Almost every piece of plastic ever made still exists, which means those items we use for a couple of minutes can last forever. And, potentially end up in our oceans.
The amazing image above by @justinhofman speaks for itself. Justin captured this Estuary Seahorse while diving in Sumbawa, Indonesia and it went on to be a finalist in the Natural History Museum’s Wildlife Photographer of the Year competition. You can read more about him in an interview with National Geographic here. The photo wasn`t just a way to capture an amazing creature in a unique situation, but also a way to raise awareness about what it happening to our oceans - “It’s a photo that I wish didn’t exist but now that it does I want everyone to see it,” he wrote on Instagram. “What started as an opportunity to photograph a cute little sea horse turned into one of frustration and sadness as the incoming tide brought with it countless pieces of trash and sewage. This photo serves as an allegory for the current and future state of our oceans.”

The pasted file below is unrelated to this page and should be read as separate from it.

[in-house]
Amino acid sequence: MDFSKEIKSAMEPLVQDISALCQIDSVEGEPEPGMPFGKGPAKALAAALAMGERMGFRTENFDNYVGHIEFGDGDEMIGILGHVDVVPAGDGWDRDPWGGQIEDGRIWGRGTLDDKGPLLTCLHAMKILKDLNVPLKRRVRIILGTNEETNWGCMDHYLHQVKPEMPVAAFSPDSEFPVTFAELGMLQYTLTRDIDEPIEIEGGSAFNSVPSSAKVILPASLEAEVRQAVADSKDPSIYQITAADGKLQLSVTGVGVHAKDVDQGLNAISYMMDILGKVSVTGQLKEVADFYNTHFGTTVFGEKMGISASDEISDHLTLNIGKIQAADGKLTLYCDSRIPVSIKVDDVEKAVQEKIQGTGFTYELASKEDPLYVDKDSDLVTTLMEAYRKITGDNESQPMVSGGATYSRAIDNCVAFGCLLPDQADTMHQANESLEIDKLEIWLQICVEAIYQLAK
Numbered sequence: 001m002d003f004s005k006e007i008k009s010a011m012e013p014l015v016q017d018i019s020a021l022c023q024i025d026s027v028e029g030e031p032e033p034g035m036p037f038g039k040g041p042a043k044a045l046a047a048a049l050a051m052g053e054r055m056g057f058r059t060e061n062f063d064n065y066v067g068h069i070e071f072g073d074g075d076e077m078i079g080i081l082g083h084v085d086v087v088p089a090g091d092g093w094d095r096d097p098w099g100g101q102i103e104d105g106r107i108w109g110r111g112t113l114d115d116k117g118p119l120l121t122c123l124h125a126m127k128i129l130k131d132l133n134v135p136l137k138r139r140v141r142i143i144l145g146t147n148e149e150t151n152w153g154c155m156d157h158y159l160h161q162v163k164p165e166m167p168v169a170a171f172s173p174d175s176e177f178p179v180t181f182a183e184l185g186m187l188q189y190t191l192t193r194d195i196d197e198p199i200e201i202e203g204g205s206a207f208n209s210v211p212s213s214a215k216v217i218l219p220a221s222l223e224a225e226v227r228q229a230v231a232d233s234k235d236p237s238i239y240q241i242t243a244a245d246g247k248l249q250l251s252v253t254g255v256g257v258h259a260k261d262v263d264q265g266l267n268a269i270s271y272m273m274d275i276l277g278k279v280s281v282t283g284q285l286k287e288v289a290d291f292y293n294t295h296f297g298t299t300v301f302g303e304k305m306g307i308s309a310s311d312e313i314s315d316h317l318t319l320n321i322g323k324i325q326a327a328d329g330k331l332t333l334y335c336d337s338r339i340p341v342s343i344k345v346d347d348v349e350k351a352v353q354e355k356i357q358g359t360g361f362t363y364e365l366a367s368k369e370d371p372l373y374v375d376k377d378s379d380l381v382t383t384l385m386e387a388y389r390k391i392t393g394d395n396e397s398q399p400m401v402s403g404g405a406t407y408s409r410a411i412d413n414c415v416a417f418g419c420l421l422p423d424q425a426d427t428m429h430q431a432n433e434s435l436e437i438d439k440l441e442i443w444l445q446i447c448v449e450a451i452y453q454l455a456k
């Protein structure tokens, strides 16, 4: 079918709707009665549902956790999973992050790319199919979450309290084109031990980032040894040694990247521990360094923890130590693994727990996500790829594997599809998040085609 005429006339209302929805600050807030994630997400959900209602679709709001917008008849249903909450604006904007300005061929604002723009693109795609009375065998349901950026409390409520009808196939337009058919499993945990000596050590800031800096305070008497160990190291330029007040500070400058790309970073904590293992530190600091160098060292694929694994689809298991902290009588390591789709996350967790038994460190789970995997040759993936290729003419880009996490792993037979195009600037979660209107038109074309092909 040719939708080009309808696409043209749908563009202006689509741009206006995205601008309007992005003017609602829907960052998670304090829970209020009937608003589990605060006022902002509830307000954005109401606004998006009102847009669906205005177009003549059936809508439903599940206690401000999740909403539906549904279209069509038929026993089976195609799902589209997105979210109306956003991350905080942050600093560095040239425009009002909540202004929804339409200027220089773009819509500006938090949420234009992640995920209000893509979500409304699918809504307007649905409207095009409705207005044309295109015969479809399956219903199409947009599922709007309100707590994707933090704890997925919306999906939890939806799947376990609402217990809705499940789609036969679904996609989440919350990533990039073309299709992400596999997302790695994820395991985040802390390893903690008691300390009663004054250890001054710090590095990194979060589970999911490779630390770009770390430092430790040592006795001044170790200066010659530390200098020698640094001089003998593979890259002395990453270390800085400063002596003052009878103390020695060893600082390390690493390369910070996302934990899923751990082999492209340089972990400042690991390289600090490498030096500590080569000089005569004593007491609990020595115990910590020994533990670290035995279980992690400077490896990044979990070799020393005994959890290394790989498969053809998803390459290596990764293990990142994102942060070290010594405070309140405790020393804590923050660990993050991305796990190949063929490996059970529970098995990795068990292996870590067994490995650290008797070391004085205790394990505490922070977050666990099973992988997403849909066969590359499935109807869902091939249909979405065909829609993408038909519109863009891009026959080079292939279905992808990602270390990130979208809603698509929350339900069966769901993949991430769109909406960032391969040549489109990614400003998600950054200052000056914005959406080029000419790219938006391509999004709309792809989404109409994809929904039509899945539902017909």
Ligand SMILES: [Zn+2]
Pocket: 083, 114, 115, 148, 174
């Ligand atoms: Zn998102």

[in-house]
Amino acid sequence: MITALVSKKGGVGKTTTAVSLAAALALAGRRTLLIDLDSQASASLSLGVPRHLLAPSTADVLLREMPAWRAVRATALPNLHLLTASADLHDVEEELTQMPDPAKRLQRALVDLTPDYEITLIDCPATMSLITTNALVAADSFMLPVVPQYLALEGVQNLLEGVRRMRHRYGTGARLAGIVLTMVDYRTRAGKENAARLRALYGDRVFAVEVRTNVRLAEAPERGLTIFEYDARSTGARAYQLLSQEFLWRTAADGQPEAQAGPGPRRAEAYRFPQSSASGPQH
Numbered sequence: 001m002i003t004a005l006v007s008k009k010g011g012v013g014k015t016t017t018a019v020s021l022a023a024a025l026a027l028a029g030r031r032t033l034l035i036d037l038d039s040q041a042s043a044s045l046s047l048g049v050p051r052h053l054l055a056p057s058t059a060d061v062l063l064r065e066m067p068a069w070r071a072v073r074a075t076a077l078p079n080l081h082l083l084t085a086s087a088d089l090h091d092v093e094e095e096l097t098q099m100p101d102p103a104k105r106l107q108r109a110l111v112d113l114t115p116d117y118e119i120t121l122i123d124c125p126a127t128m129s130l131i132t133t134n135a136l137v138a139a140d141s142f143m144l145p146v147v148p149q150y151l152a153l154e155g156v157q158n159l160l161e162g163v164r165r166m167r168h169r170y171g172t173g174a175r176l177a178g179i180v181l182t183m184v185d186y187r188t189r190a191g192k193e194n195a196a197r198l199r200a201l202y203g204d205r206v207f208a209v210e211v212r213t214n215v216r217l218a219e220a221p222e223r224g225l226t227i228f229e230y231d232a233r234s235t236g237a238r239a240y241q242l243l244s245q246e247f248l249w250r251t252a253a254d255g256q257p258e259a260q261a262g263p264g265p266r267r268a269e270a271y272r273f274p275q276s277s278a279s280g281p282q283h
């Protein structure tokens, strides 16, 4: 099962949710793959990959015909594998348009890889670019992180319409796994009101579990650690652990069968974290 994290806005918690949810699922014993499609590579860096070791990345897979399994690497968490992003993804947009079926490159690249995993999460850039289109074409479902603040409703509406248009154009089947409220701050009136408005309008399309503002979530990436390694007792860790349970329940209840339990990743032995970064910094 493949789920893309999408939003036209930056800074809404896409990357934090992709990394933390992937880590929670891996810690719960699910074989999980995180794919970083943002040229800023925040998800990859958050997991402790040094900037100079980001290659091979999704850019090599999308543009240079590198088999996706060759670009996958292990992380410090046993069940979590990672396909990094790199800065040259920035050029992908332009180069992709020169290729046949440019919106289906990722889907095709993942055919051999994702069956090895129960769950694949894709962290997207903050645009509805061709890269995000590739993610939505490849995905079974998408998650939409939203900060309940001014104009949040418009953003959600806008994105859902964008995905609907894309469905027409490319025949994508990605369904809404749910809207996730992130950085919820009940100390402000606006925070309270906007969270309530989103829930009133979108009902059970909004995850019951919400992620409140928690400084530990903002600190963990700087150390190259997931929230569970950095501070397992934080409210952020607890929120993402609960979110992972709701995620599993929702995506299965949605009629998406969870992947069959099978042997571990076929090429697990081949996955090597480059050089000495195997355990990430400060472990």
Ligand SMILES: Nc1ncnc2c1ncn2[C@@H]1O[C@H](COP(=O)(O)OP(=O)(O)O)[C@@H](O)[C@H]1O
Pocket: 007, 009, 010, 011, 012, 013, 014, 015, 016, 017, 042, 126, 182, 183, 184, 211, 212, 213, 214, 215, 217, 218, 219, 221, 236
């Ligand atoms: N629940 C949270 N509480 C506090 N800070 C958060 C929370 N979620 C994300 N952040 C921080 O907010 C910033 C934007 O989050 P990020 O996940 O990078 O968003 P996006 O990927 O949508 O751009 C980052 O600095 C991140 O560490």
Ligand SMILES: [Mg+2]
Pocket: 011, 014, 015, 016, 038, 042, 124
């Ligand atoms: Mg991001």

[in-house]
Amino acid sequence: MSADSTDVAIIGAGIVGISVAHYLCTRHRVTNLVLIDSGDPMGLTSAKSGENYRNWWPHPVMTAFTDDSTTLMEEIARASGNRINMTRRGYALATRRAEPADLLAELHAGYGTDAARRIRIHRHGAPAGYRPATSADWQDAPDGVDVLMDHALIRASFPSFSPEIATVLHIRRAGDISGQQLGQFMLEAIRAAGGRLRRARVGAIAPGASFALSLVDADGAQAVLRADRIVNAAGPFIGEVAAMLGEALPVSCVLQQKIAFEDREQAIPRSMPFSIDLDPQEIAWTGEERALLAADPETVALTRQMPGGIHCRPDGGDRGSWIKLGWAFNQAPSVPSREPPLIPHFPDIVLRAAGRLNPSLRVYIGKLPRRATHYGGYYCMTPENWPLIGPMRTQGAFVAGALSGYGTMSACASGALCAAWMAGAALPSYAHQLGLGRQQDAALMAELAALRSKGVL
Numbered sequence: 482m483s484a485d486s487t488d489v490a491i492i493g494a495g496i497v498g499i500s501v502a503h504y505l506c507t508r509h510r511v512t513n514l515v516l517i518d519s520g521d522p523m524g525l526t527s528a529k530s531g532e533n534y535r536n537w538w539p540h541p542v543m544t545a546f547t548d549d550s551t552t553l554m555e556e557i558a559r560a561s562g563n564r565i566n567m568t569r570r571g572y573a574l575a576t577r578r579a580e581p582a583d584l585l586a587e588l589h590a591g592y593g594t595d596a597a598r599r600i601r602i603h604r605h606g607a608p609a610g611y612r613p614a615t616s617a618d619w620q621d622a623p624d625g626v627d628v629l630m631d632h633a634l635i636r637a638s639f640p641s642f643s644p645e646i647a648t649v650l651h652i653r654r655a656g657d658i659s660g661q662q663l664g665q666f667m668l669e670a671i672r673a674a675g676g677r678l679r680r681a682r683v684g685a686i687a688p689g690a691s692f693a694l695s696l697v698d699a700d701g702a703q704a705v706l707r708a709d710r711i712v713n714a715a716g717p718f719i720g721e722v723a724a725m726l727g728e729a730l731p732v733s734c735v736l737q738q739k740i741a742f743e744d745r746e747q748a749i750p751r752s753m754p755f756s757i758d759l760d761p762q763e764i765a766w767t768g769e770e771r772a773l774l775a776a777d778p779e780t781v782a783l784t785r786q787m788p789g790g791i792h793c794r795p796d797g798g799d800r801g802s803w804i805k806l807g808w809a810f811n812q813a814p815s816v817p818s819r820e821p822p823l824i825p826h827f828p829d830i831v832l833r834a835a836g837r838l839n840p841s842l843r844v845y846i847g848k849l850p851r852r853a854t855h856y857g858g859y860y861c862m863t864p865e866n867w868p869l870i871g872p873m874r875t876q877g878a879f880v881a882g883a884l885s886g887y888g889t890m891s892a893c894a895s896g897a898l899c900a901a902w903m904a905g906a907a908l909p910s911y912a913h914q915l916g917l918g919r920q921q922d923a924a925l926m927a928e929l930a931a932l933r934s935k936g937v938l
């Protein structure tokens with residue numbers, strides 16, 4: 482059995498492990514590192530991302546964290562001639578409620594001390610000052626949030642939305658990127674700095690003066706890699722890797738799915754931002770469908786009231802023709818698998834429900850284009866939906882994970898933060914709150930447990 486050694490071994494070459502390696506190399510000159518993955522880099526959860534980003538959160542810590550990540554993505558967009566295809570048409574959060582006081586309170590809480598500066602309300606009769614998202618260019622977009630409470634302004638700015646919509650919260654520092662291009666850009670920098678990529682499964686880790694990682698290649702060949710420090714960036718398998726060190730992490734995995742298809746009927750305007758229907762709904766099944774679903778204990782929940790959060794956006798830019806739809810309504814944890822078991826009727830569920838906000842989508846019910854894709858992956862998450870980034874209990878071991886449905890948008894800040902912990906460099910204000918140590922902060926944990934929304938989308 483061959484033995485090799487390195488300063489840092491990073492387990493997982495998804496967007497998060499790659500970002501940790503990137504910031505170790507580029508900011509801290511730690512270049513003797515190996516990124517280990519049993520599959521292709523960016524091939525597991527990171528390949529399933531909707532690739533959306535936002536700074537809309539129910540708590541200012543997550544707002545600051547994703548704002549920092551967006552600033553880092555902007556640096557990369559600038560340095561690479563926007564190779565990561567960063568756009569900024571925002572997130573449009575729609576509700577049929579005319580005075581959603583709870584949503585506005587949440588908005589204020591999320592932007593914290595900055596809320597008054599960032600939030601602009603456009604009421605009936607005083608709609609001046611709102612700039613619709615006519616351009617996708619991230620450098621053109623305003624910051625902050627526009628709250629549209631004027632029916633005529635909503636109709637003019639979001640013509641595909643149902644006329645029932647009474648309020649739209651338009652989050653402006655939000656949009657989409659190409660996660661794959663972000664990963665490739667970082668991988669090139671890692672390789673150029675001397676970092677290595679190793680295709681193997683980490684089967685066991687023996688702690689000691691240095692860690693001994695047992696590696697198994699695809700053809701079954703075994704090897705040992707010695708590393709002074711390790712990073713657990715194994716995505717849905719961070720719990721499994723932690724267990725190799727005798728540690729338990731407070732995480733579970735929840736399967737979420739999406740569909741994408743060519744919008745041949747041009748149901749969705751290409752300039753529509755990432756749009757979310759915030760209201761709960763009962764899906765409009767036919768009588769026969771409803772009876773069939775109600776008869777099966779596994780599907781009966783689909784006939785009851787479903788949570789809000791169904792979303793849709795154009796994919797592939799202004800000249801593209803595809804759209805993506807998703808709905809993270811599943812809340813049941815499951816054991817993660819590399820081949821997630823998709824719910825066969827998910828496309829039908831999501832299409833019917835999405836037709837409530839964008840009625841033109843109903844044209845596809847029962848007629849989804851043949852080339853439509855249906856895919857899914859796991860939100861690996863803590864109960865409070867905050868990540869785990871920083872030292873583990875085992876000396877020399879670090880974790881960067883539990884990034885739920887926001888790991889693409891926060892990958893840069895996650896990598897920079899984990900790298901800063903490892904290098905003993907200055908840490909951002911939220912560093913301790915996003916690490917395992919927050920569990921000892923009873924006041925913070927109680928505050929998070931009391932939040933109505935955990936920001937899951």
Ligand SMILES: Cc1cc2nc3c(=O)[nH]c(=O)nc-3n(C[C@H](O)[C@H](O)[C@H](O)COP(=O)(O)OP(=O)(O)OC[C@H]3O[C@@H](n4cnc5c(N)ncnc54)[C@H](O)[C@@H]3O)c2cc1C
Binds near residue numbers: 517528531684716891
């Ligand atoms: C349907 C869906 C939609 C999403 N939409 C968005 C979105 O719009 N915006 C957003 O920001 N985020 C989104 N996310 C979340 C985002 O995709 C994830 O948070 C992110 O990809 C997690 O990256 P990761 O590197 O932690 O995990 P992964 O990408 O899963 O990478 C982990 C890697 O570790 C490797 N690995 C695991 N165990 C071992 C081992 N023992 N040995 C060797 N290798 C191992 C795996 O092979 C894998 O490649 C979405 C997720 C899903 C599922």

I would like to add a few hopefully useful words:
It doesn’t have to be like this. It’s easy to make a few simple changes and drastically reduce the amount of single use plastics in your life (and thus the amount of single use plastics that can potentially end up in our oceans).
The earbud is an easy place to start: do you really need one of these? They’re not even good for your ears.
- BYO cup, bag, bottle or cutlery. Start with one thing, and eventually you will potentially have a large, clinking bag of mugs / bottles / lunch boxes / cutlery and will always be ready for a picnic!
- Say no to straws. It´s that simple. Just ask for a drink without a straw. You could also talk to your local bar, café or workplace about ditching straws all together.
- Talk to your friends about the problem (and swap solutions). There´s also a huge amount of useful information tips and tricks online, so if you have a problem: just Google it.
- Clean up a beach (and think about what items you find, and how to substitute them). This could be as simple as Taking 3, or you could organise a regular cleanup with friends, or collect trash while you jog.
It’s not as simple as just cutting out all plastic right now, but it is as simple as just trying your best, doing what you can, and saving our oceans one plastic bag (or coffee cup, or earbud, or bottle) at a time.